Foster care youth vulnerable to human trafficking


Operation Cross Country VII, the FBI-led minor sex trafficking sting late last month, shocked Americans as it exposed the reality of human trafficking in the United States. Even more frightening has been the realization that many of the exploited youth identified in the sting were recruited directly out of the foster care system. [1]

What about the situation of youth “in the system” creates such vulnerability?


There are numerous factors.

Each year, more than 26,000 American youth age out of care. [2] Understandably, many identify their main challenge as not having a familial support system to back them when they have a need. Whereas youth growing up in consistent family settings have adults present to provide advice, support, and resources, youth in foster care are often accustomed to changing living situations and will likely not maintain a lifelong connection with any of their temporary guardians.

Foster care youth also may not have been given consistent, unconditional acceptance and support. They are given new rules and expectations in each household they enter and in each agency from which they receive support. Accustomed to a checklist mentality of “performance”, one youth puts it, “you grow up sort of having to audition – for everything.” [3]

“You grow up sort of having to audition – for everything.”

Traffickers recognize that youth with this background are accustomed to their needs being met on a conditional basis, and that they have a hunger for unconditional acceptance. Traffickers promise a bed to sleep in each night, all physical needs to be met, and intense emotional connection. Their promises of love coupled with demands for trafficked youth to perform sex acts or provide free labor create an intricate web of emotional manipulation while meeting the need for love and support.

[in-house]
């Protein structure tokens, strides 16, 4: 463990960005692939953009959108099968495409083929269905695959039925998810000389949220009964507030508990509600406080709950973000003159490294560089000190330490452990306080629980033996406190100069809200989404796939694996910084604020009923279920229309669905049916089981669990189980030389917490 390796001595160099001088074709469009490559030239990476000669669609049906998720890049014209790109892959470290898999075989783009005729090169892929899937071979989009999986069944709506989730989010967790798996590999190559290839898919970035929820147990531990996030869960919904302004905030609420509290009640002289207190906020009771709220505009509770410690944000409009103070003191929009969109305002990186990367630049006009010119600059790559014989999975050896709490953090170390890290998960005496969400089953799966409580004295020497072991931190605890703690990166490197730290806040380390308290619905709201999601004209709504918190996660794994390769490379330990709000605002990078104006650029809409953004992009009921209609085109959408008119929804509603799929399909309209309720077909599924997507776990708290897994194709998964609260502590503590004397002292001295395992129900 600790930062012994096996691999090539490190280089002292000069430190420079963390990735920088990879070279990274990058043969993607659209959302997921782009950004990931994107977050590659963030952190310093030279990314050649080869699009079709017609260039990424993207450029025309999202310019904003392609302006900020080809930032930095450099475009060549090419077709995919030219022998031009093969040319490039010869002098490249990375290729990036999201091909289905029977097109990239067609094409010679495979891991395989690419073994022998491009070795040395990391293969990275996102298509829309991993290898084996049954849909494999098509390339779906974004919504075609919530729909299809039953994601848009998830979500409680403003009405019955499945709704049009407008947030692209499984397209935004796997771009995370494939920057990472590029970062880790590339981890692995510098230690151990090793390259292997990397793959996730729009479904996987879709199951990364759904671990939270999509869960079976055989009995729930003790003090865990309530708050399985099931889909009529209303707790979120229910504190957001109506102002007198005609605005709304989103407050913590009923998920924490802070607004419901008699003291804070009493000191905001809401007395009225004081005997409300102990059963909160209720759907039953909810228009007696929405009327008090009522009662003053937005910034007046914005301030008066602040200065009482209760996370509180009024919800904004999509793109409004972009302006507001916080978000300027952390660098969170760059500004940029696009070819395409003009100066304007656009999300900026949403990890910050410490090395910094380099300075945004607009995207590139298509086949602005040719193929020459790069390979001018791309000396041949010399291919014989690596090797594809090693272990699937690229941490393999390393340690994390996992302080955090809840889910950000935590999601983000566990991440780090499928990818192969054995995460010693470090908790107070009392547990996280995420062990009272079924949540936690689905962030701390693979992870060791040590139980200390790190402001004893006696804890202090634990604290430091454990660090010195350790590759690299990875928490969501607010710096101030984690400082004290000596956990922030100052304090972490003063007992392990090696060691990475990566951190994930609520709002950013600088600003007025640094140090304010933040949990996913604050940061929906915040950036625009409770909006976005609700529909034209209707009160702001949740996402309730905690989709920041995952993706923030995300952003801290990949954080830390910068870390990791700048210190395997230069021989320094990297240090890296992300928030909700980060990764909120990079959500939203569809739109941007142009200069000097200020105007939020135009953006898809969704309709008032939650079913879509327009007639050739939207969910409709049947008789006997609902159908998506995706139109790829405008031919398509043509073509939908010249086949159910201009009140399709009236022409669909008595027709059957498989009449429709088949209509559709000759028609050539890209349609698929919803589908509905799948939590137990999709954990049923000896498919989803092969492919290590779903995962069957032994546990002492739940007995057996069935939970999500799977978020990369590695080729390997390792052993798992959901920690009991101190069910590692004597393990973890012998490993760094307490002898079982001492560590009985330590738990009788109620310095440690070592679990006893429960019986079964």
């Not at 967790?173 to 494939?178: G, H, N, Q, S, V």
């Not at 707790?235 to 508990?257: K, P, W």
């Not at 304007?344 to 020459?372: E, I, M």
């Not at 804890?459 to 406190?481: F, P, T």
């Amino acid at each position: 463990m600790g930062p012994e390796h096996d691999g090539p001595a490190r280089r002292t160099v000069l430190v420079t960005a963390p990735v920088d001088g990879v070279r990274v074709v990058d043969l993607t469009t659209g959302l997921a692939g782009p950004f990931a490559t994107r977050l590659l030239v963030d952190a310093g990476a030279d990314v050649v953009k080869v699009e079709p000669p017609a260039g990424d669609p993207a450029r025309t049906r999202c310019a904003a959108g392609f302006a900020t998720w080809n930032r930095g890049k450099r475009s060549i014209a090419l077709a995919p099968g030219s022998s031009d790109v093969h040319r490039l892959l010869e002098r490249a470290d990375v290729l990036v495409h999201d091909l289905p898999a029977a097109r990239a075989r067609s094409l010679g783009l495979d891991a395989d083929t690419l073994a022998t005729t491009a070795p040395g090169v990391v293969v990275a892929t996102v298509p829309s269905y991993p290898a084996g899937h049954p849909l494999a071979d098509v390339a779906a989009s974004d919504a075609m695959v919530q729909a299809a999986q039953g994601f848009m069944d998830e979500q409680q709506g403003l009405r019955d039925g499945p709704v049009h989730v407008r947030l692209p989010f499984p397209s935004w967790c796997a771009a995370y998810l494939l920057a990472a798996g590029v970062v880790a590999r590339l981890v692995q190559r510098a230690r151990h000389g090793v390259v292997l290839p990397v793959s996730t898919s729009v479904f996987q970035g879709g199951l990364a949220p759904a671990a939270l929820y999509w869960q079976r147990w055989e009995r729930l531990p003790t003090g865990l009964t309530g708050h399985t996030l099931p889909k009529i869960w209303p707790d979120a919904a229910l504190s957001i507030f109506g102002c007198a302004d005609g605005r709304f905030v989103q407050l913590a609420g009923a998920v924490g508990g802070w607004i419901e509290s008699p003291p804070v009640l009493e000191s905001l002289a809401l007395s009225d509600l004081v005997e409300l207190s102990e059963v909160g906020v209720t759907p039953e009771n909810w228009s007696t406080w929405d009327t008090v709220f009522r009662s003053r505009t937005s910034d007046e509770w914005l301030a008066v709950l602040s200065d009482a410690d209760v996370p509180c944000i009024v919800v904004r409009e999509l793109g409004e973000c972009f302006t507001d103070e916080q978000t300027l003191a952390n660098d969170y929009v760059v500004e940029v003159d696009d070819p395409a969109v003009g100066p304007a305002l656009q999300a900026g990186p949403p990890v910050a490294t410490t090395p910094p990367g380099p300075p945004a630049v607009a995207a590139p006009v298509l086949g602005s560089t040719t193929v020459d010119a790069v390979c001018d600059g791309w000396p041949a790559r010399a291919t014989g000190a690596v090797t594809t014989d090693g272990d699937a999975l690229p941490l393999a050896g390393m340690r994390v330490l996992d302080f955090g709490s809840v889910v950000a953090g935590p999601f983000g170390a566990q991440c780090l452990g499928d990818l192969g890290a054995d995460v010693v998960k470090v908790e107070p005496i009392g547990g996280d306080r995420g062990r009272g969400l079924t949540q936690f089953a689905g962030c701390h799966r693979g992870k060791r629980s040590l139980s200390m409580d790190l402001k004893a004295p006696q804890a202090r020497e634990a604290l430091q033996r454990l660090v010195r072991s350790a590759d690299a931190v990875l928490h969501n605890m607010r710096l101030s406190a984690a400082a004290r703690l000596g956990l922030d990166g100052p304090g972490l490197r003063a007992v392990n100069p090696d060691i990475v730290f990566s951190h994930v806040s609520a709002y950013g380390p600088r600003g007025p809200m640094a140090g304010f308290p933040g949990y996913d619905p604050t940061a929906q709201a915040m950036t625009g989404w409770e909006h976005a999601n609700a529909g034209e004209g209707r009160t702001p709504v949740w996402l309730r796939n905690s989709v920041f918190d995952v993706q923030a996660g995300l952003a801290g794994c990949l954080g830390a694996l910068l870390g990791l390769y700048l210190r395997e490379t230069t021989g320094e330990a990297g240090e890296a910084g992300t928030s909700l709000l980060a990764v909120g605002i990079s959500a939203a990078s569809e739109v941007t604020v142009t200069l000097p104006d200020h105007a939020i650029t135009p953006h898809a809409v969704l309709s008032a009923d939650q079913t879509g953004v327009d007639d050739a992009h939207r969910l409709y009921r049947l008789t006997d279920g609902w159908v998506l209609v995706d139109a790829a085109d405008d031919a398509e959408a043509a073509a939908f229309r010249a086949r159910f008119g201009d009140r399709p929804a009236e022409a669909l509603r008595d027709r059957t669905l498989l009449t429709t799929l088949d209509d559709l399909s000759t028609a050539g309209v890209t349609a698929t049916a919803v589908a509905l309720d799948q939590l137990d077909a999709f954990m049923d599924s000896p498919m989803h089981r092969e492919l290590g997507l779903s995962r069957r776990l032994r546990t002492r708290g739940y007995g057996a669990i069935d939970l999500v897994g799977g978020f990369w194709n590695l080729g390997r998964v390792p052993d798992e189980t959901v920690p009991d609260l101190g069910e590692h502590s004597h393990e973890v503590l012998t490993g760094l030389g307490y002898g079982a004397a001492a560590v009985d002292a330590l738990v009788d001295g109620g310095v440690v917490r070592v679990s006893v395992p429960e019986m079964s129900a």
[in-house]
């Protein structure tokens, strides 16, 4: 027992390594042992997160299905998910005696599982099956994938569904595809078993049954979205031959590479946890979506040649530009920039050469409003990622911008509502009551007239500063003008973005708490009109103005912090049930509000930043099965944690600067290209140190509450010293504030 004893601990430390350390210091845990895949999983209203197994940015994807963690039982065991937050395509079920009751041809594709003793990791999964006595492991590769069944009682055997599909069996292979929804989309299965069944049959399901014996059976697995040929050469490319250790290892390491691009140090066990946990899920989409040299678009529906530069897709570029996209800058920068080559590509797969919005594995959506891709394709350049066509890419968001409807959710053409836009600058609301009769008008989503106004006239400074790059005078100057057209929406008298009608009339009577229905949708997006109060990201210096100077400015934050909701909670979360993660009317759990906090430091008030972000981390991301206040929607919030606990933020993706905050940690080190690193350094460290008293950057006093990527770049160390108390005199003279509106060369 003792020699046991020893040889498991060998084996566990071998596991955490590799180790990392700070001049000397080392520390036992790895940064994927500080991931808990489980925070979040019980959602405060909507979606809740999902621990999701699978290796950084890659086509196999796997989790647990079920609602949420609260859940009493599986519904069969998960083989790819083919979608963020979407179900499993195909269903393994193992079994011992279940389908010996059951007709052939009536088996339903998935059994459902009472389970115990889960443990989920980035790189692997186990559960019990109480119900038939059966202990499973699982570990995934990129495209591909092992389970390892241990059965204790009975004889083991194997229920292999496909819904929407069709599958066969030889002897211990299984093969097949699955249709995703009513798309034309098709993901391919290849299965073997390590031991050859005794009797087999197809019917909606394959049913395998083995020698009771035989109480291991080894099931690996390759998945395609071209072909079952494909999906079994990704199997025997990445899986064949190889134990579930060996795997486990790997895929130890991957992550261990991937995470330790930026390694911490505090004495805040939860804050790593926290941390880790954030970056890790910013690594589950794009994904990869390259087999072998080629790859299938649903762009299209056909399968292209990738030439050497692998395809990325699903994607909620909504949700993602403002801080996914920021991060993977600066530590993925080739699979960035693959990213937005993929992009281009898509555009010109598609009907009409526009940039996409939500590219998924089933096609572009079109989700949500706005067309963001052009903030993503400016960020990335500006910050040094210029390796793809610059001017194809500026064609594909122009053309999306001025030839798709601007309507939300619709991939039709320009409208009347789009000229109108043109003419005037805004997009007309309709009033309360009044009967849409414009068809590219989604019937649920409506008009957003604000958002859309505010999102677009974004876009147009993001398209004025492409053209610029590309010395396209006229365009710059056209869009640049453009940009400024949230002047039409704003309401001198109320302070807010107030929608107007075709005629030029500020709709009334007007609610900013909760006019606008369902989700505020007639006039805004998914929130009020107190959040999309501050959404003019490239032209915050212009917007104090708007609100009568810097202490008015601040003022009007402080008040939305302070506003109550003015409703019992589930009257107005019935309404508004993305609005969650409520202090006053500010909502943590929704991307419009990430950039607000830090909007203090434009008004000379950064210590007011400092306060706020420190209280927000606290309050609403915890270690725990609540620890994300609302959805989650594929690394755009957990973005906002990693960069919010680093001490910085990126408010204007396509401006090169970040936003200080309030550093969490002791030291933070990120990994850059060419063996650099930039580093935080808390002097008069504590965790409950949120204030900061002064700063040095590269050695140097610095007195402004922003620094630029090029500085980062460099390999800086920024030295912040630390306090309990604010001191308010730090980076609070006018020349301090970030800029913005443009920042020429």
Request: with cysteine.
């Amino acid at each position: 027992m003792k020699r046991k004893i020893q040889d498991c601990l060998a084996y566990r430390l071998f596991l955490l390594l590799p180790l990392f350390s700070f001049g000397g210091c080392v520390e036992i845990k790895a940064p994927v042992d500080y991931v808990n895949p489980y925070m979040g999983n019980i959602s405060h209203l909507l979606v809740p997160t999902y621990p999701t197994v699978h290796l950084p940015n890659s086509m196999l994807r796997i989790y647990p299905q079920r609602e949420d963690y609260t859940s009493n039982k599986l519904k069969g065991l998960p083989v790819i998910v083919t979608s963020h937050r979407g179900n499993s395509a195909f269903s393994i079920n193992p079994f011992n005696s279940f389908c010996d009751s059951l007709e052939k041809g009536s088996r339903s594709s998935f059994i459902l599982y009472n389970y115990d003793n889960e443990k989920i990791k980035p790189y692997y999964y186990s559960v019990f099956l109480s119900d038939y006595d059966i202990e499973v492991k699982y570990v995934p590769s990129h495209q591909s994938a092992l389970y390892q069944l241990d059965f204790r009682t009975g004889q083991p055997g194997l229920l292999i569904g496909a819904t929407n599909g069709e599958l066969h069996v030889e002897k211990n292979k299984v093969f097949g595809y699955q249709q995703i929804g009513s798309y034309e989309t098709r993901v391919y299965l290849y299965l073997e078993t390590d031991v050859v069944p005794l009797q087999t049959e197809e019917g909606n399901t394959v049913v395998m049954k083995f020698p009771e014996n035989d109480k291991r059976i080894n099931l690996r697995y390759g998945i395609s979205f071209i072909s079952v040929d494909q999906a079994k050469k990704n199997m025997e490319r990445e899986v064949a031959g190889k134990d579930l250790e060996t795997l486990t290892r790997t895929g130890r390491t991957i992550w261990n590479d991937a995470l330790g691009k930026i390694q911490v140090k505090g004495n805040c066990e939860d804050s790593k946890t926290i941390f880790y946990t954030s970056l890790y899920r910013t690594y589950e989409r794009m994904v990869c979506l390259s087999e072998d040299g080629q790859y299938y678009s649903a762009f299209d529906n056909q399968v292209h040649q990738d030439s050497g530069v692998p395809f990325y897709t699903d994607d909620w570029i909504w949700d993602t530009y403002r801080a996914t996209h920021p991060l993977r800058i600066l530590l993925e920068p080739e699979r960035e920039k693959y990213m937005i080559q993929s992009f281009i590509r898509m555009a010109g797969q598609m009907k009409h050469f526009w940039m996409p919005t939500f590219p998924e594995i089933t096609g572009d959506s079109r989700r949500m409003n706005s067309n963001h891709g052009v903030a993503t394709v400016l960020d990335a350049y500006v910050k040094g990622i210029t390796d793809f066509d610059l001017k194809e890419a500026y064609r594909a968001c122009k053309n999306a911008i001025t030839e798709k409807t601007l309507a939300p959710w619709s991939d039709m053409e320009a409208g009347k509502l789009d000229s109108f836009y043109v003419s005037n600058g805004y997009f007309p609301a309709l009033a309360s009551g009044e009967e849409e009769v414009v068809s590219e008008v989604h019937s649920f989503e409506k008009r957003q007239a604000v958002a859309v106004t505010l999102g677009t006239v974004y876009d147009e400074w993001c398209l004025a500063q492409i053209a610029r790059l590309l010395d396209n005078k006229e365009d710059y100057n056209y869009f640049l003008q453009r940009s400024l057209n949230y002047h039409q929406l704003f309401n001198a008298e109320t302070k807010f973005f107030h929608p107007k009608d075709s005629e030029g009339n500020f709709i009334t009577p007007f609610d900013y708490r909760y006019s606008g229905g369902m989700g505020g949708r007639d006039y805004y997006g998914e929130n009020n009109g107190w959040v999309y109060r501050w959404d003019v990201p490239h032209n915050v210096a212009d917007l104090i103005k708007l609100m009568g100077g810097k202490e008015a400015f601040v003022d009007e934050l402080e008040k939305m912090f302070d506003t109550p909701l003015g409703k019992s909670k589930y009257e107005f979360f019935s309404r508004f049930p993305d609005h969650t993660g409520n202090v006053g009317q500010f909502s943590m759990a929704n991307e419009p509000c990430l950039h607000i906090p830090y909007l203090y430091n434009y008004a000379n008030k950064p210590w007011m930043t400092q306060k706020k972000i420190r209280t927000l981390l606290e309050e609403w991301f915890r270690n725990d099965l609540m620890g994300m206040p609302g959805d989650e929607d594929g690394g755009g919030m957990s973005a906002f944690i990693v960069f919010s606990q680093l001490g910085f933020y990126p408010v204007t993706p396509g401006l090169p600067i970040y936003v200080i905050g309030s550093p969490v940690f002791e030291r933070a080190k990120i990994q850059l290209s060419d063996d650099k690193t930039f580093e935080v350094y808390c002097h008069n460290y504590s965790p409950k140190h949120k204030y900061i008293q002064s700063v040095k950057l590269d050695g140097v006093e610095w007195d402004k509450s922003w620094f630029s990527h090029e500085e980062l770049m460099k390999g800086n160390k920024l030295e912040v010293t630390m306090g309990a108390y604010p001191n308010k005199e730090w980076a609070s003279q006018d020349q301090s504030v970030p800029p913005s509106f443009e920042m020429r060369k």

Traffickers also exploit the often-rocky backgrounds of foster care youth. Most of the youth who enter the foster care system have put in the State’s care because of a situation of abuse or neglect at home. The psychological and emotional effects of these experiences make these youth particularly susceptible to the abuses of traffickers. The normalization of sexual violence and the unmet need for nurturance and support increase the chances that a potential trafficking victim can be psychologically coerced into compliance with a trafficker.

Youth who are aging out of foster care also may be more vulnerable to traffickers because of financial need. They must find a way to support themselves building from the ground up. Nearly half do not finish high school, and homelessness is often a problem upon aging out. [3] Without a financial or housing safety net in place, they often operate in short-term mode, making ends meet day to day with little flexibility to invest in the future. As one youth who ended up homeless put it, “Life hits you hard after you get out. You feel like the whole world is against you.” [4] Promises of love, emotional support, financial support, and housing are hard to pass up for youth who may not be offered these basic needs elsewhere.

“Life hits you hard after you get out. You feel like the whole world is against you.”

Moreover, when youth age out of State care, they often drop off the radar completely. The State is no longer responsible for them and there may not be the long-term support of family or friends looking out for them. Given how often youth in foster care are moved around, no one may show alarm the moment an aged-out youth goes missing. No one is held accountable for them and traffickers take advantage of this vulnerability.

These issues are complex and are just the tip of the iceberg. Unfortunately, it is not only in the United States that youth in alternative care face extreme vulnerability to human trafficking and other dangerous situations and exploitation.

The Transitions Initiative in Ethiopia marks IOFA’s commitment to supporting youth aging out of alternative care and building awareness of their situations upon leaving care. Keep an eye out for IOFA intern Sarah’s reports on her research this summer with these youth, learning what they have to say about their experiences aging out of care.

Alexa Schnieders
Program Development Intern